Vegans also may suffer from zinc deficiency since the bioavailability of zinc is lower in vegetables than meat [35]. Furthermore, people who regularly consume legumes and whole grains containing phytates bind to zinc and inhibit absorption [8].

However, excess supplementation may reduce immune function and lead to iron deficiency, which will also lead to hair loss [9].

B Vitamins

Vitamin B12 helps hair regrowth as well as preventing hair loss. B12 helps produce red blood cells, which carry nutrients and oxygen to the hair follicles. A deficiency of B12 will prevent enough nutrients from reaching the hair follicles.

Another B vitamin for hair growth is biotin. Research shows a link between biotin deficiency and hair loss as well as alopecia (10). Biotin deficiency is rare because gut bacteria usually produce adequate levels of biotin for our use. But, deficiency may come after antibiotic use disrupting the microbiome and the use of some anti-epileptic drugs.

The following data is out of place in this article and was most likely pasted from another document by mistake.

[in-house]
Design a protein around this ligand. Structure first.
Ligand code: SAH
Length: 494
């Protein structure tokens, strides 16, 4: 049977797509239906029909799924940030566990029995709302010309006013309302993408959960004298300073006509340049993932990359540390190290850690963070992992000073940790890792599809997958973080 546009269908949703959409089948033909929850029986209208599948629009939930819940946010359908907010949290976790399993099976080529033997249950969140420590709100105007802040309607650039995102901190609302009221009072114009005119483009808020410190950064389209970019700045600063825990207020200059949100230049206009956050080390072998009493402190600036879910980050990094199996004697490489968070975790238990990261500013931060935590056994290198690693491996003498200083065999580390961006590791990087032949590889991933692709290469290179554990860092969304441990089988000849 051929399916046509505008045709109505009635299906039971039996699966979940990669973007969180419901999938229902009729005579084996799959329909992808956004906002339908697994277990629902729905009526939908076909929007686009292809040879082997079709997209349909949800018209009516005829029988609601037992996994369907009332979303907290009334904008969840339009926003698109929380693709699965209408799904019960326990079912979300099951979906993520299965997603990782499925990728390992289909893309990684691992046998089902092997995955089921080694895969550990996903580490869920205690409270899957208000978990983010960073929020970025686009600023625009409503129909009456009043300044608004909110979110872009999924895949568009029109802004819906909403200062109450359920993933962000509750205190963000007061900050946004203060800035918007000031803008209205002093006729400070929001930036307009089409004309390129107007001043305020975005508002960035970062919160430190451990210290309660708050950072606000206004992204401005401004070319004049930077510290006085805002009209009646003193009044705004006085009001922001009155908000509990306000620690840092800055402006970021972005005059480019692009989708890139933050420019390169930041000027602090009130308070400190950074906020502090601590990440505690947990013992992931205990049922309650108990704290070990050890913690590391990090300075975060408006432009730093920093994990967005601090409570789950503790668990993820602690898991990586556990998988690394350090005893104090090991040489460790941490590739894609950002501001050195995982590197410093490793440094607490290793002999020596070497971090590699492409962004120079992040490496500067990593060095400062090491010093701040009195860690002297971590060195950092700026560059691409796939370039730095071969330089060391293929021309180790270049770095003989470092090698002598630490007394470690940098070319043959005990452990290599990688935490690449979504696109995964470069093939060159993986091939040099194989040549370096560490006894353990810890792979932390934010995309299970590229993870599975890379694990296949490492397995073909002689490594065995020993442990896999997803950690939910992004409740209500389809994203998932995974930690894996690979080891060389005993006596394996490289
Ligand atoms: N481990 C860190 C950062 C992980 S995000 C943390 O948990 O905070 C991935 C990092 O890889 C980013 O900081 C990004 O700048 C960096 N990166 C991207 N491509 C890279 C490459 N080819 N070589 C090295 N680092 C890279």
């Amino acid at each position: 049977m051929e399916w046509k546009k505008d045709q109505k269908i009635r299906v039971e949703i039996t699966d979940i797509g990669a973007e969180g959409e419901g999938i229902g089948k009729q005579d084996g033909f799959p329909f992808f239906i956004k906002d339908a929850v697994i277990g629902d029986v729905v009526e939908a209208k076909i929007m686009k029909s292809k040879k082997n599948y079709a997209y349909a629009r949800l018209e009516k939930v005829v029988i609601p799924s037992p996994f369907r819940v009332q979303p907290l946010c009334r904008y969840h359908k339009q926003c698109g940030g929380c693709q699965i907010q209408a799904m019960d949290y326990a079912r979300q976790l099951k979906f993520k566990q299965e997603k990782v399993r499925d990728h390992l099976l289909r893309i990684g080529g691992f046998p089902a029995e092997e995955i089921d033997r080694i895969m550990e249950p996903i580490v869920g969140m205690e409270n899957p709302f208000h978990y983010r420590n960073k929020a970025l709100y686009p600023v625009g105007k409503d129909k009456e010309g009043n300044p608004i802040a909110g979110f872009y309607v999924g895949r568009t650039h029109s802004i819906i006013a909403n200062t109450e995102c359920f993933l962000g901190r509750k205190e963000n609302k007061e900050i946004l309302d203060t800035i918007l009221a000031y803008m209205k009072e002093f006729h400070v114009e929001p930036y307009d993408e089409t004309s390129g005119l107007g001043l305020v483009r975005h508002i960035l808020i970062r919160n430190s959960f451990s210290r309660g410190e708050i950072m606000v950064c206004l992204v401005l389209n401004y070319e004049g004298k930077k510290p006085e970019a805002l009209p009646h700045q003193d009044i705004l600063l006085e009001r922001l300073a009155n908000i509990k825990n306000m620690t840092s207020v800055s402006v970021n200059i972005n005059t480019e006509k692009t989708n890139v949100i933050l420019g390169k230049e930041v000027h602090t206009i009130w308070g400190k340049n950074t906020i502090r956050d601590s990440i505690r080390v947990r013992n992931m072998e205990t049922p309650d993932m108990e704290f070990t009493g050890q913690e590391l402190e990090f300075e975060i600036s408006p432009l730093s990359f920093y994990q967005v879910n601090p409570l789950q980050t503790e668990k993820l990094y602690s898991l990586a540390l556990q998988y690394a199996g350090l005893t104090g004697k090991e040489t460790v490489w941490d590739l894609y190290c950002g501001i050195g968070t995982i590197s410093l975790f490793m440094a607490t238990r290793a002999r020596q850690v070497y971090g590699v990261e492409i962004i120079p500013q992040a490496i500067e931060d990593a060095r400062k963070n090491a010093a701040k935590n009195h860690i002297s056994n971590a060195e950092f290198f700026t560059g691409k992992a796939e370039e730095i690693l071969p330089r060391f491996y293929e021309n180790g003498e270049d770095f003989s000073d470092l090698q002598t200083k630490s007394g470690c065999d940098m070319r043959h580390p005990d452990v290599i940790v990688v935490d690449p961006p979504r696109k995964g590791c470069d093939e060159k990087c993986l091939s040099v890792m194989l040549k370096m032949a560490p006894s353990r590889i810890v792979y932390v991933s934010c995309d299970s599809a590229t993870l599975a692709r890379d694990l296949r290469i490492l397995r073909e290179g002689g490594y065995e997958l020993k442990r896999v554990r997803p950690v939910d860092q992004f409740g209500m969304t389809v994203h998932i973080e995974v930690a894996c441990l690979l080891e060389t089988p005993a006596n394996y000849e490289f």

Niacin or vitamin B3 deficiency may result in alopecia, complete hair loss from some regions of the head, face, or body.

You can get all of the B-vitamins from foods such as almonds, whole grains, or dark leafy green vegetables.

Vitamin D

Vitamin D plays a role in hair follicle cycling [11]. It can help produce new hair follicles and re-energize existing ones. You can get Vitamin D from supplements and fortified foods, as well as mushrooms exposed to sunlight.

Your body produces vitamin D through skin exposure to the sun. It would be best if you tried to spend at least 10 minutes daily in the sun during hours when UVB rays are highest, especially between 11 and 13:00 during summer months.